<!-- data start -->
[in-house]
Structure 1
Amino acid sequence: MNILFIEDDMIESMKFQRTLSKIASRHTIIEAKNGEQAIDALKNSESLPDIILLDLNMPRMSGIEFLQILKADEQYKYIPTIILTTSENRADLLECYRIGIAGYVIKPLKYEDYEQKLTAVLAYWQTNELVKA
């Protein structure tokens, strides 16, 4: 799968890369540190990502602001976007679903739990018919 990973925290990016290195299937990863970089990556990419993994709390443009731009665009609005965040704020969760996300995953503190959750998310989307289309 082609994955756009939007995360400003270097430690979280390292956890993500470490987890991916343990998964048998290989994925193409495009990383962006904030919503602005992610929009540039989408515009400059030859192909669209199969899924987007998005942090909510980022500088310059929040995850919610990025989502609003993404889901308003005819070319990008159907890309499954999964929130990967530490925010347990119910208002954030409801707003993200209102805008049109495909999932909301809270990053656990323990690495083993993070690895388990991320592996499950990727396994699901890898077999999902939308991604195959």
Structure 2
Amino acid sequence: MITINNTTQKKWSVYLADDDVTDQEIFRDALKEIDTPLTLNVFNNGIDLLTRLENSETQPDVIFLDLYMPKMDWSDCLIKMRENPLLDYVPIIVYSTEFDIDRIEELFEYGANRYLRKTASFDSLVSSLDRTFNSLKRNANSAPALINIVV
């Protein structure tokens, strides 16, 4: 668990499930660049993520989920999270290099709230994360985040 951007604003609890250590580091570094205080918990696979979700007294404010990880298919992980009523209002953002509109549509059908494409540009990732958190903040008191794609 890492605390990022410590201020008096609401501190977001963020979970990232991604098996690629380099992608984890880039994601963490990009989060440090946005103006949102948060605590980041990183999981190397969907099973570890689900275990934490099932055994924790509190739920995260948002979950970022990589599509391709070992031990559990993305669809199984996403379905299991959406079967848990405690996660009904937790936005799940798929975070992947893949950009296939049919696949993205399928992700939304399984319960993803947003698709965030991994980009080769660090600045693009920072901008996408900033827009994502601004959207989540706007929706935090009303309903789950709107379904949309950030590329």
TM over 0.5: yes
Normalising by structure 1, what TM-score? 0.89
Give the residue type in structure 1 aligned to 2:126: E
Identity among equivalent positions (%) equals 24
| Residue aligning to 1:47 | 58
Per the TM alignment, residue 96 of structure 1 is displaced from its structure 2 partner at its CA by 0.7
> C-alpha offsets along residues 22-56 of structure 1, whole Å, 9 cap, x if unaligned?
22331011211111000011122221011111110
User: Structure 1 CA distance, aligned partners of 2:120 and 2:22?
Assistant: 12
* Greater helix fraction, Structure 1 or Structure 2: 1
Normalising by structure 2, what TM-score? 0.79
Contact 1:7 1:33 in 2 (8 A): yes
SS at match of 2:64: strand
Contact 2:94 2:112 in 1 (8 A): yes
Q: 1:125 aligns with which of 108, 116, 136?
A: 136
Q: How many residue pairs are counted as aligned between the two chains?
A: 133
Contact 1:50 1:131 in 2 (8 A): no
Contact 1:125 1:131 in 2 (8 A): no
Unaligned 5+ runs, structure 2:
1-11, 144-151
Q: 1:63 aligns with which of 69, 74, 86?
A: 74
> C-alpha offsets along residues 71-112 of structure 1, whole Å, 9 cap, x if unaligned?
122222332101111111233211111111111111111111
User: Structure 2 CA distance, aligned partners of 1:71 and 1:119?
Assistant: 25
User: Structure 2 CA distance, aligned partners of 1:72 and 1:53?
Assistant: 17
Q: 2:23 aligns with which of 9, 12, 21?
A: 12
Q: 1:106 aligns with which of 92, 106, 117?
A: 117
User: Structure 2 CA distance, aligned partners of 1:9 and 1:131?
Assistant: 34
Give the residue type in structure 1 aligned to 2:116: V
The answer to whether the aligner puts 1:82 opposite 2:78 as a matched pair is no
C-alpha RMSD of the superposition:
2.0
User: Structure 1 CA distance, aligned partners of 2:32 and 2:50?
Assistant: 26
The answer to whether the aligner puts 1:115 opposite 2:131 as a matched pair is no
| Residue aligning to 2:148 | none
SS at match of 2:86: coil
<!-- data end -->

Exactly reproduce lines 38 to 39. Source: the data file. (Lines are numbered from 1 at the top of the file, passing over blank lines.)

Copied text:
Assistant: 17
Q: 2:23 aligns with which of 9, 12, 21?